In a recent study, researchers from University of California at Santa Barbara hypothesized that science, as a notion, “contains in it the broader moral vision of a society in which rationality is used for the mutual benefit of all.” As such, it “facilitates moral and prosocial judgments and behaviors.”
Based on this premise, the researchers predicted that simply thinking about science leads individuals to behave in a more moral way. To investigate this potential link between exposure to science and moral behavior, the researchers set up four experiments.
In their first experiment, the researchers tested the relationship between exposure to science and the likelihood of enforcing moral norms by requesting participants to read a date rape vignette. After reading the story, the 48 undergraduate participants judged the 'wrongness' of forcing non-consensual sex on another by using a scale from one (completely right) to 100 (completely wrong). Additionally, all participants listed their field of study and then answered the question “How much do you believe in science?” using a scale from one (not at all) to seven (very much).
In three other experiments, each of which involved a different set of student participants, the researchers first manipulated participants’ thoughts about science and then presented them with ‘moral’ tasks. The researchers used a simple word task to influence the students' thoughts; but first, participants were randomly assigned to either the science or control group. Participants had to choose four out of five scrambled words in order to form a complete sentence. Those in the control group completed sentence scrambles that contained only neutral words (e.g., “shoes give replace old the”; “more paper it once do”). Meanwhile, those in the science group encountered sentences containing key words that suggested what the researchers considered to be "lay notions of science": logical, hypothesis, laboratory, scientists, and theory.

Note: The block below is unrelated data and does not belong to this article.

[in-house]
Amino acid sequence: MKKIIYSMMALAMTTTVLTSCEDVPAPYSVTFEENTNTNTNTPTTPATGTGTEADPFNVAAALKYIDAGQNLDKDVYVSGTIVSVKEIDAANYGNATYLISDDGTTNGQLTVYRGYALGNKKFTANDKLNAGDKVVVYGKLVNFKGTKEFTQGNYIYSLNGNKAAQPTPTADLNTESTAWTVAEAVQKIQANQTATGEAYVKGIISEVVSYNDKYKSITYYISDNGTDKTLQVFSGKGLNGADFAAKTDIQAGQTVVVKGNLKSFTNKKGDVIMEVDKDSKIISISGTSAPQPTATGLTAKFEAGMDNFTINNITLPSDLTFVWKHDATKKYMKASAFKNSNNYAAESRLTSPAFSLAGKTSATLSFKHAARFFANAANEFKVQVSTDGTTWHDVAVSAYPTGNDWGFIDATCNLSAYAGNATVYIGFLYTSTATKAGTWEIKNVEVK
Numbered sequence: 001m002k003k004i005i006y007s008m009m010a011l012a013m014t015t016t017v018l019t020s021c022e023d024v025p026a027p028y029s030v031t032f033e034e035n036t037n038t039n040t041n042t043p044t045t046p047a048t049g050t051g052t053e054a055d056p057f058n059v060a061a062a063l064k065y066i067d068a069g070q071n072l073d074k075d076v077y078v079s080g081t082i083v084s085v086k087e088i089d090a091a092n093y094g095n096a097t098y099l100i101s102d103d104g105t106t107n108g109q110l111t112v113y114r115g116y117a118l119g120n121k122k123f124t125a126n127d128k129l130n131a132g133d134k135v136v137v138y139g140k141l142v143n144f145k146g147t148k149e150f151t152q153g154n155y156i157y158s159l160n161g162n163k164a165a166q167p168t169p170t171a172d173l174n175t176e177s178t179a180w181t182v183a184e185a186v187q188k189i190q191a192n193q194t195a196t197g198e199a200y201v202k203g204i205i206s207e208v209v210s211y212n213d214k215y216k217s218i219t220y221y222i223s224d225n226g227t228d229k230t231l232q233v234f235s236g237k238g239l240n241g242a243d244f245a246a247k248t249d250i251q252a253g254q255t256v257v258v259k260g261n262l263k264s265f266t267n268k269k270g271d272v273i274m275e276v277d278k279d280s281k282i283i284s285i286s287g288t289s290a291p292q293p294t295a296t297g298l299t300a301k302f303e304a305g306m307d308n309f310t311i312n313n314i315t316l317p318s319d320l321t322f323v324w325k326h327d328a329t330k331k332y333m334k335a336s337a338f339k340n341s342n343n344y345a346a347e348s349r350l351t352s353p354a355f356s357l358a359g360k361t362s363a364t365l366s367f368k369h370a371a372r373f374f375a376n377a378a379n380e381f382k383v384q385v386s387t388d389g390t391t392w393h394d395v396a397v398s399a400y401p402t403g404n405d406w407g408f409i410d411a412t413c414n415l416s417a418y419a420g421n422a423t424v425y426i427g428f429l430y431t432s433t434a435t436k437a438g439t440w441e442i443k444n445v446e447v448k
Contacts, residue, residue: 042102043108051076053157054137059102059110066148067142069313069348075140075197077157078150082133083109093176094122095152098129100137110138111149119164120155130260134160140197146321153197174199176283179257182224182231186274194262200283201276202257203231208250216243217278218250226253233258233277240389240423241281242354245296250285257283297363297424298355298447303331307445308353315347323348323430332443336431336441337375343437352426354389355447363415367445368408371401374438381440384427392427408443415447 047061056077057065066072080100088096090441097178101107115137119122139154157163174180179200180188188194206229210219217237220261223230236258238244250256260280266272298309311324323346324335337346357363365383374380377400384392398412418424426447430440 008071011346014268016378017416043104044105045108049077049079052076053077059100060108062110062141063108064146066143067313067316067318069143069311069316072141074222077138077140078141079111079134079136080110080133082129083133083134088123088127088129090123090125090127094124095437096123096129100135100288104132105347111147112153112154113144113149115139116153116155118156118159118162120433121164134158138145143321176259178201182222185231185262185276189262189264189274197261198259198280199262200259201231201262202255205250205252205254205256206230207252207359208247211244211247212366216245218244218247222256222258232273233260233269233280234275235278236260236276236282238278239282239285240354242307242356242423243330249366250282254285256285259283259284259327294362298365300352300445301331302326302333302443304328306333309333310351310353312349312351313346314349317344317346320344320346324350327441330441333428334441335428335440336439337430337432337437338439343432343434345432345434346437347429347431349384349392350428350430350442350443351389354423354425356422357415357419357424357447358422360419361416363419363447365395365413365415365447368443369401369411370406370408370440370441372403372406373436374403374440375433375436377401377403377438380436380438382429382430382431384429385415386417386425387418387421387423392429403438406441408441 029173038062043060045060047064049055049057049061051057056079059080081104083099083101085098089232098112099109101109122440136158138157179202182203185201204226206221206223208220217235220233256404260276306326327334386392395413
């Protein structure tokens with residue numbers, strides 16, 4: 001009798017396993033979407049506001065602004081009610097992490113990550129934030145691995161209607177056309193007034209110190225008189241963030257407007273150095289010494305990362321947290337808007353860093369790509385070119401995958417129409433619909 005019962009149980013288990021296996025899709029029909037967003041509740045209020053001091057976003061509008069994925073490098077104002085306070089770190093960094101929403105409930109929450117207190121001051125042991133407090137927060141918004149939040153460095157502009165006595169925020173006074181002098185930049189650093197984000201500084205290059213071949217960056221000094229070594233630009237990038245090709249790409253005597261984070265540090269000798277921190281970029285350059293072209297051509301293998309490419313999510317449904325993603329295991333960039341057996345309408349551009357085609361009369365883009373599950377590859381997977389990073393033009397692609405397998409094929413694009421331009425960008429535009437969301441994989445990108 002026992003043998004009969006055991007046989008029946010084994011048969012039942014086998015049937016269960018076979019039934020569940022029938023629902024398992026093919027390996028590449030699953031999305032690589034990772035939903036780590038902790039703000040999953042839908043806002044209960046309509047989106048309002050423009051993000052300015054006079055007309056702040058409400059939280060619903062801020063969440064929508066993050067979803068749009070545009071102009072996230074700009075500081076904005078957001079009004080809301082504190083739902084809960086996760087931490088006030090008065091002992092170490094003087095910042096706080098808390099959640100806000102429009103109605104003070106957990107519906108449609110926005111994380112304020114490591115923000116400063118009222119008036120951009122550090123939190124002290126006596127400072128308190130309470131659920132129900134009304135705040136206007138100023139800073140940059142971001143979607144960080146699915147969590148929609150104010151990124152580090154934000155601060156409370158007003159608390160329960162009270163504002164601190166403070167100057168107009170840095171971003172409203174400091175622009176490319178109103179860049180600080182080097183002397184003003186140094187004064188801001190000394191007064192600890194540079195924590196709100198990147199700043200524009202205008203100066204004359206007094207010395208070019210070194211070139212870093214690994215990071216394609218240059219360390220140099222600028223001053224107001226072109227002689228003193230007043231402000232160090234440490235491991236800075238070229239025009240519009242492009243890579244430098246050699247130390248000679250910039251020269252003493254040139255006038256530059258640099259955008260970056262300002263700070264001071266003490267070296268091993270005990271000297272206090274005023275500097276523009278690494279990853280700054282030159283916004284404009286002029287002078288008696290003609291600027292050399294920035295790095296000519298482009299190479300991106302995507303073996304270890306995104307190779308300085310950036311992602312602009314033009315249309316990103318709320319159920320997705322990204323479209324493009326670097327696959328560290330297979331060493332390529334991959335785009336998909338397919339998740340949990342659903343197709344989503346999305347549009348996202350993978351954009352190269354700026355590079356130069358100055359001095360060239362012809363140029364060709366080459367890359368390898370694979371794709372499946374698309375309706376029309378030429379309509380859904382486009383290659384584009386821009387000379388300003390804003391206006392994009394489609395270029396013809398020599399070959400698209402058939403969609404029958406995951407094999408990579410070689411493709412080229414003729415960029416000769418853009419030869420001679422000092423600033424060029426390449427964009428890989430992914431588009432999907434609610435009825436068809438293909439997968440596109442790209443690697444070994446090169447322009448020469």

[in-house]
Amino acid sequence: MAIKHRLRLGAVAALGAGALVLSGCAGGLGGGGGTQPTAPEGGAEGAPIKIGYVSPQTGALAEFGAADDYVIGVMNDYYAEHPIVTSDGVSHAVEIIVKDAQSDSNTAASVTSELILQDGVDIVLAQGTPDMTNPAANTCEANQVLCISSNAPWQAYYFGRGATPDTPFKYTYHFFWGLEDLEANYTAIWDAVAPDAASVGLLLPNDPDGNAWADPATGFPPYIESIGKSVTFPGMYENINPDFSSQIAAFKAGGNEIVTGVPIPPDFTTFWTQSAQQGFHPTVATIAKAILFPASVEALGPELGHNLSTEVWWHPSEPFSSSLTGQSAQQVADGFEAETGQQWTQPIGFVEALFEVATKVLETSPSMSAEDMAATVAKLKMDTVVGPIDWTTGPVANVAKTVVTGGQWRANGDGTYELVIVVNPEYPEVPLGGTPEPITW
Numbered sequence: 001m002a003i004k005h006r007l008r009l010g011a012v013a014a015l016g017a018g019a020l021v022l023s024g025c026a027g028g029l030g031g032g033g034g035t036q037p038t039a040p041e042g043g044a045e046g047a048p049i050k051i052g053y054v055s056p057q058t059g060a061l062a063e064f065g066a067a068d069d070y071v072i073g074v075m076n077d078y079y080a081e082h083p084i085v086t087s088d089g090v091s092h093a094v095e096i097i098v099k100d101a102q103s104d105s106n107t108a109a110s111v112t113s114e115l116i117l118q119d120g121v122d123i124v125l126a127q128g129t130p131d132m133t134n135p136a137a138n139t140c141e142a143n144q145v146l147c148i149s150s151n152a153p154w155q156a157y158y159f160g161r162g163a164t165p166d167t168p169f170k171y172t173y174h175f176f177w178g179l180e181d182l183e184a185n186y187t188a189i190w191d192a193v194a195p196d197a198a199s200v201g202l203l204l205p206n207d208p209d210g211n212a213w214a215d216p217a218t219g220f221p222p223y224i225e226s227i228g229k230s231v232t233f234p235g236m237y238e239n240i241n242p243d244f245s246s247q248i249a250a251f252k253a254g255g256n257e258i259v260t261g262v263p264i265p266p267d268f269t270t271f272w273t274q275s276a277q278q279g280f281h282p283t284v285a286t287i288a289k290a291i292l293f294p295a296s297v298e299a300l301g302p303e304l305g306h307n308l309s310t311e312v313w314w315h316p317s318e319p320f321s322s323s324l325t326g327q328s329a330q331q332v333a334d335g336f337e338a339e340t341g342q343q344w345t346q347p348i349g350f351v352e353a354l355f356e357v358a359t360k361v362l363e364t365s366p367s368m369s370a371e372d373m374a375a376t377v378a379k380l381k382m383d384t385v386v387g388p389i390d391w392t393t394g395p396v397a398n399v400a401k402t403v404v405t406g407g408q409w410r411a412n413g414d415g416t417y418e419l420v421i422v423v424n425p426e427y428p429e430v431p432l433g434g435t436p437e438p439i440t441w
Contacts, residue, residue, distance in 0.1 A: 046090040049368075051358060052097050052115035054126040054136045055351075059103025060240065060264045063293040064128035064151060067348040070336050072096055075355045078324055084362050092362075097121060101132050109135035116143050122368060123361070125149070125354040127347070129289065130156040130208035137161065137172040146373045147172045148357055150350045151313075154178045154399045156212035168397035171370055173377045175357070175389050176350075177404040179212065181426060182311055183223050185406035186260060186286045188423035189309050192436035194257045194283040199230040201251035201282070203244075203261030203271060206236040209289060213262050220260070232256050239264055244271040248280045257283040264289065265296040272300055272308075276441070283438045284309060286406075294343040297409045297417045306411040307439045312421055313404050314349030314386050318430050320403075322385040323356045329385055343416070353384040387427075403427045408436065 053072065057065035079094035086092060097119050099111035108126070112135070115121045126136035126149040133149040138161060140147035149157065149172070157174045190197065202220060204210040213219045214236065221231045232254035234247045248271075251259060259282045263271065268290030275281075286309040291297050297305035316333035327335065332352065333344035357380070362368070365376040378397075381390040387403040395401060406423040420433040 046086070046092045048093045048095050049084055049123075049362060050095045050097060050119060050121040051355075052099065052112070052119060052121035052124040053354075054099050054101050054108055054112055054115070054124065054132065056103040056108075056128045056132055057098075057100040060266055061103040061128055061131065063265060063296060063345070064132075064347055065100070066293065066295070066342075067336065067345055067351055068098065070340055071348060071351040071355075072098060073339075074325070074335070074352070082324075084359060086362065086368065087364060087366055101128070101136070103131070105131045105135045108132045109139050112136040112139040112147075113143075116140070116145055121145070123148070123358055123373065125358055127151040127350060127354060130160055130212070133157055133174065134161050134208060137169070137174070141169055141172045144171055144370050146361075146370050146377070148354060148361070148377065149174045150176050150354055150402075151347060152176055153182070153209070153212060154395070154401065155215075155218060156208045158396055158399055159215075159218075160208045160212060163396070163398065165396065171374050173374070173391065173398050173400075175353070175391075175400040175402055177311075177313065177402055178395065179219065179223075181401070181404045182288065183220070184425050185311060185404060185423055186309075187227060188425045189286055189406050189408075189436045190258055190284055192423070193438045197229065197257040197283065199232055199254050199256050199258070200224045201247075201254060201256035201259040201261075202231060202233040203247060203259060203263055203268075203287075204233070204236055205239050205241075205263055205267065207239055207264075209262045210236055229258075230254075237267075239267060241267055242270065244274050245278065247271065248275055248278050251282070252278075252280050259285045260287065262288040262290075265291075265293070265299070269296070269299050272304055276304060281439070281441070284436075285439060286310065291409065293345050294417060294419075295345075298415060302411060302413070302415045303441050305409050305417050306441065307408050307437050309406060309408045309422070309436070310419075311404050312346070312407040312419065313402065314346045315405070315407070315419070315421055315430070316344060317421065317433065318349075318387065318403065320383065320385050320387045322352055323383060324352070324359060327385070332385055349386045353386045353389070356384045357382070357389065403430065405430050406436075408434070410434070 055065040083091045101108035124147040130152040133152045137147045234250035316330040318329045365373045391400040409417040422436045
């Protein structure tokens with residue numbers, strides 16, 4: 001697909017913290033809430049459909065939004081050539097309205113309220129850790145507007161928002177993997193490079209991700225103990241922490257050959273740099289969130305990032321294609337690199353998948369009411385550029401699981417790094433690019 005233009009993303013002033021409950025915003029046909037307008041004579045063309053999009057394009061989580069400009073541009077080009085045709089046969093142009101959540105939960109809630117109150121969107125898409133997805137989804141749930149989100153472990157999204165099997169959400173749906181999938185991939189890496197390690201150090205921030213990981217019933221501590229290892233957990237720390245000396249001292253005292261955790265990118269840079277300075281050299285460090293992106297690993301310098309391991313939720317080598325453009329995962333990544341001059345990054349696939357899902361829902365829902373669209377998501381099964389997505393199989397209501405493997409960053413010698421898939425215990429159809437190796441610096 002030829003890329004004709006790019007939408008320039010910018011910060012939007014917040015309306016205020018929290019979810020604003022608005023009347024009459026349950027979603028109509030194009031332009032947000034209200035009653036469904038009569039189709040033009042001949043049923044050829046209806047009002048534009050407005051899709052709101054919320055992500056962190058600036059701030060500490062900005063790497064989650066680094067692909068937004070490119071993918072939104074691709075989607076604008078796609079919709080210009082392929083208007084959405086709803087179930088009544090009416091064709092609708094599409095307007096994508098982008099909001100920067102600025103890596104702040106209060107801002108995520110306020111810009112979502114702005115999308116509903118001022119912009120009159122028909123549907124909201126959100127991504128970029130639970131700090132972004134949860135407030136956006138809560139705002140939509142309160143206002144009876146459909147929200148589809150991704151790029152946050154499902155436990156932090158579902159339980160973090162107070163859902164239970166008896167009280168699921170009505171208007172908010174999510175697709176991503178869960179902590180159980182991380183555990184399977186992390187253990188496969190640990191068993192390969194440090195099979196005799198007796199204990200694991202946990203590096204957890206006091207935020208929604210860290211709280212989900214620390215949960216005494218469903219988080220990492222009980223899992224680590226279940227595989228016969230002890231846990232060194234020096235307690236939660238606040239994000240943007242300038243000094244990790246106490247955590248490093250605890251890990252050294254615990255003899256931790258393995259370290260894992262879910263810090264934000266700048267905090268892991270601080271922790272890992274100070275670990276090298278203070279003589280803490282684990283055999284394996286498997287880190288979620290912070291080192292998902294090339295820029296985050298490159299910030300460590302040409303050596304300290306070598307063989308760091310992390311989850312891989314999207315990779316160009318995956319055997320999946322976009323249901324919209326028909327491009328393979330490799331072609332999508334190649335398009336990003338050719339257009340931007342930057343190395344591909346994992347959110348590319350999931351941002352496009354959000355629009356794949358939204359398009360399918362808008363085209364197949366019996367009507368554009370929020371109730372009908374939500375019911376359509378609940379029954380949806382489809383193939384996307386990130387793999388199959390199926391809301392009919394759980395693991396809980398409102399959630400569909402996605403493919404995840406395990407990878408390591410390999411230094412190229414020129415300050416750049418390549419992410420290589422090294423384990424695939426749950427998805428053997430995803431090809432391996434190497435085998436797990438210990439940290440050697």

After setting up the two groups, for the second experiment, all participants read the same vignette about date rape and completed the same moral judgment rating used in the first experiment. In the third experiment, participants indicated how likely they would be to take part in different activities during the following month, including prosocial events (such as giving blood or volunteering) and simple distractions (such as attending a party or seeing a movie). In the last experiment, participants were given five one-dollar bills, and then were told their job was to divide the money between themselves and an anonymous other participant.
The researchers found individuals leaned further in the direction of morality when first primed with science either by natural exposure (e.g., they were currently majoring in a field of science) or by thought manipulation before the experiment. In the first two experiments, those primed with science responded more severely than did the control group to the moral transgression of date rape. In the third experiment, those primed with science reported greater prosocial intentions than control group participants, and in the final experiment, science group participants allocated less money to themselves than did members of the control group.
“Thinking about science leads individuals to endorse more stringent moral norms and exhibit more morally normative behavior,” the authors concluded in their paper.
Assuming you were to accept this outcome as fact, you might still ask if this truth discovered in a petri dish, so to speak, is supported by real world facts. For instance, many ‘lay’ people would argue scientists do not always consider the consequence of their work and so science might be seen as leading to less moral behavior. One example of this might be Robert Oppenheimer, theoretical physicist and head of the Manhattan Project's secret weapons laboratory that would design and construct the atomic bomb. He famously said to President Truman in the months after Hiroshima and Nagasaki, “Mr. President, I feel I have blood on my hands.” Is Oppenheimer’s work (and later remorse) an instance of science facilitating moral behavior... or obstructing it?
Source: Ma-Kellams C, Blascovich J. Does “Science” Make You Moral? The Effects of Priming Science on Moral Judgments and Behavior. PLOS One. 2013.